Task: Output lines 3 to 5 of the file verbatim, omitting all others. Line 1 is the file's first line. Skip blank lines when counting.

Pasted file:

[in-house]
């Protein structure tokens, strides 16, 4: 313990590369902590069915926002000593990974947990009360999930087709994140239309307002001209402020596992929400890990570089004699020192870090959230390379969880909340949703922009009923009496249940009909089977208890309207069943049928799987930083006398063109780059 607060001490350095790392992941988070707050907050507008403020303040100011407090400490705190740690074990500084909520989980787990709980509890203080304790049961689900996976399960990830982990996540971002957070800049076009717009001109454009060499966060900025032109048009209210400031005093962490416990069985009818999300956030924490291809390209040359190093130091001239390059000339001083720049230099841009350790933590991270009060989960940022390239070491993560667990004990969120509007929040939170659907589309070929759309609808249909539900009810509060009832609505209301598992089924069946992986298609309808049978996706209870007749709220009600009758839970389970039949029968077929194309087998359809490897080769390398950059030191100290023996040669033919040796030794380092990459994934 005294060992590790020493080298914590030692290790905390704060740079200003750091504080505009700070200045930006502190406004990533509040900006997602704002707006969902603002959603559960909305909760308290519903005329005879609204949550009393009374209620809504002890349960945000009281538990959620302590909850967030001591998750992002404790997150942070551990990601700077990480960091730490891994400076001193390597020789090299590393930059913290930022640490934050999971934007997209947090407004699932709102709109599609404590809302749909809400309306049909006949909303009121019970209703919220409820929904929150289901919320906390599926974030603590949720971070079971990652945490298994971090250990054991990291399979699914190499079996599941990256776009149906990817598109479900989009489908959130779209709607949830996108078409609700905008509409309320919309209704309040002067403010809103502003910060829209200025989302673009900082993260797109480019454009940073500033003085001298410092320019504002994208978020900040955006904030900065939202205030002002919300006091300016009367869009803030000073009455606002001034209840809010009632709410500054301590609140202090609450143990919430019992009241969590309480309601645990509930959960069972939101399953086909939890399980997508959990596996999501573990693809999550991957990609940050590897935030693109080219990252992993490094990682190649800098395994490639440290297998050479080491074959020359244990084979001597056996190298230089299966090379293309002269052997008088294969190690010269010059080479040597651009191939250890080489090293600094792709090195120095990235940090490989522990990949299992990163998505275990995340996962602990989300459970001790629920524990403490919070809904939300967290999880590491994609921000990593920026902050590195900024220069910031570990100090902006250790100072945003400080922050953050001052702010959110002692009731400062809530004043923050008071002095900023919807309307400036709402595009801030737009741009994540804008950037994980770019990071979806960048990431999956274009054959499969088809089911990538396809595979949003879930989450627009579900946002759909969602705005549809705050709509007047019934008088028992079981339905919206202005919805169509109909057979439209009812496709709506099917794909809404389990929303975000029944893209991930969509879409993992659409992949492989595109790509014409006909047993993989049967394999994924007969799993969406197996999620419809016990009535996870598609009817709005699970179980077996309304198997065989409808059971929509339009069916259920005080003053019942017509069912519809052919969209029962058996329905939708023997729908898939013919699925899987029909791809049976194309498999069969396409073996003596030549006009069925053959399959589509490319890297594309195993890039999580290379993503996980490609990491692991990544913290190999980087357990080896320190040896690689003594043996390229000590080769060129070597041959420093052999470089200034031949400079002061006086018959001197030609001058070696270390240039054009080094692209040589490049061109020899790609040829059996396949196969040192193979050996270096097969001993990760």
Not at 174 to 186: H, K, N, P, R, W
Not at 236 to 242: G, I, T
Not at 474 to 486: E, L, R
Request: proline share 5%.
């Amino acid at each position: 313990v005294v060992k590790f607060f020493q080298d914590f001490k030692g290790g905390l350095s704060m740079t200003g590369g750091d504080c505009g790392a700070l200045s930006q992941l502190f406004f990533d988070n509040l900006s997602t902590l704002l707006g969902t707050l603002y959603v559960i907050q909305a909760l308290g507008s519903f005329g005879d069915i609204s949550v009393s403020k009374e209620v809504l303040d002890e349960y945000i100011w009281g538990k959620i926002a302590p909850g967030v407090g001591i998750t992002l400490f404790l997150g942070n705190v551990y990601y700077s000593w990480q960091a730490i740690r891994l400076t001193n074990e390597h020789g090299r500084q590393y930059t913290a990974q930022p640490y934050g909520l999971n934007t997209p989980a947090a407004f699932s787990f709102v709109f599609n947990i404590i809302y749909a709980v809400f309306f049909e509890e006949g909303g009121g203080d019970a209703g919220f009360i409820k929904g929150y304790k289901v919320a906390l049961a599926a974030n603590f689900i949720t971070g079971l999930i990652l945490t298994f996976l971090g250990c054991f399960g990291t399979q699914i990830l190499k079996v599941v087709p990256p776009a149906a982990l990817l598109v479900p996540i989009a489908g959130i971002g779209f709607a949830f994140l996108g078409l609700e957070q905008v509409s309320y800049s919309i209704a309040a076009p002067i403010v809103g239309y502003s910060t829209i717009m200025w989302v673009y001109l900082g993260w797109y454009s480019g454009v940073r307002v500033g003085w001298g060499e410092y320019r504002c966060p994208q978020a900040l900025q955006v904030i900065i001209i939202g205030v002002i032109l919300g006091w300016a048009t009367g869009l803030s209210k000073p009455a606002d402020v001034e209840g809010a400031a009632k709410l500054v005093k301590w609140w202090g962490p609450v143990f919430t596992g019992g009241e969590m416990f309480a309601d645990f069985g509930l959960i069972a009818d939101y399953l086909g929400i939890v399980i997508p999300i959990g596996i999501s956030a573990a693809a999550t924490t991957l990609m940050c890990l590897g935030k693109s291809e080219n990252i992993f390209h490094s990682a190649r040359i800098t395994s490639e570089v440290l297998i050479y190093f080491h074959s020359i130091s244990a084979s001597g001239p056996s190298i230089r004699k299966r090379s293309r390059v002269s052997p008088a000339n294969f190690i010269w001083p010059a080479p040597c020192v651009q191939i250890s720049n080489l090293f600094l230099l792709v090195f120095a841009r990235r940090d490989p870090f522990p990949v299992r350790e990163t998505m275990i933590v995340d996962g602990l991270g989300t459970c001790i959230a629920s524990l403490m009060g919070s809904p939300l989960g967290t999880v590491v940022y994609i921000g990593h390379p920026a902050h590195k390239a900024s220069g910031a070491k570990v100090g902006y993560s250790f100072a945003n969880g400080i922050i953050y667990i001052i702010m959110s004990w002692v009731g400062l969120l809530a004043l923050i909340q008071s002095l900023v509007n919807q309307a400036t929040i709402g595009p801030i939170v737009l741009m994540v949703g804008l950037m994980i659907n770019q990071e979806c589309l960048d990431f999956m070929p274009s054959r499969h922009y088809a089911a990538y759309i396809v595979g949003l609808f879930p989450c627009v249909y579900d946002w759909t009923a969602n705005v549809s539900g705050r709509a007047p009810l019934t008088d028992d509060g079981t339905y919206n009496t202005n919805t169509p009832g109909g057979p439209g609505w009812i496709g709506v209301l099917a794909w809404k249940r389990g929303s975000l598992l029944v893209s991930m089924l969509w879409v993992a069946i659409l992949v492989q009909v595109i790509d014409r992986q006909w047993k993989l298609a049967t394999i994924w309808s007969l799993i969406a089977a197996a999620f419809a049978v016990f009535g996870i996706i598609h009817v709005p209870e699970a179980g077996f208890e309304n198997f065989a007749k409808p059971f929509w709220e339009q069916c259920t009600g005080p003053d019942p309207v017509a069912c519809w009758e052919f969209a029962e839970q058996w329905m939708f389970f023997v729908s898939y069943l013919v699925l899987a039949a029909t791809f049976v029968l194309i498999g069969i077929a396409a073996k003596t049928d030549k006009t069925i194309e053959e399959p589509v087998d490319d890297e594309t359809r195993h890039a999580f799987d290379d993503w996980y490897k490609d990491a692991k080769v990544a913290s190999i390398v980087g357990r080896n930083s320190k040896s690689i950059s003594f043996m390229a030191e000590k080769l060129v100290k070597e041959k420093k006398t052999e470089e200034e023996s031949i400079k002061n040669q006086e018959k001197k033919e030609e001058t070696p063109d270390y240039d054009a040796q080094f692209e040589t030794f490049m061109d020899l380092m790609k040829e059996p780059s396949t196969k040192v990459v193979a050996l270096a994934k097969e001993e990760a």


Not at 174 to 186: H, K, N, P, R, W
Not at 236 to 242: G, I, T
Not at 474 to 486: E, L, R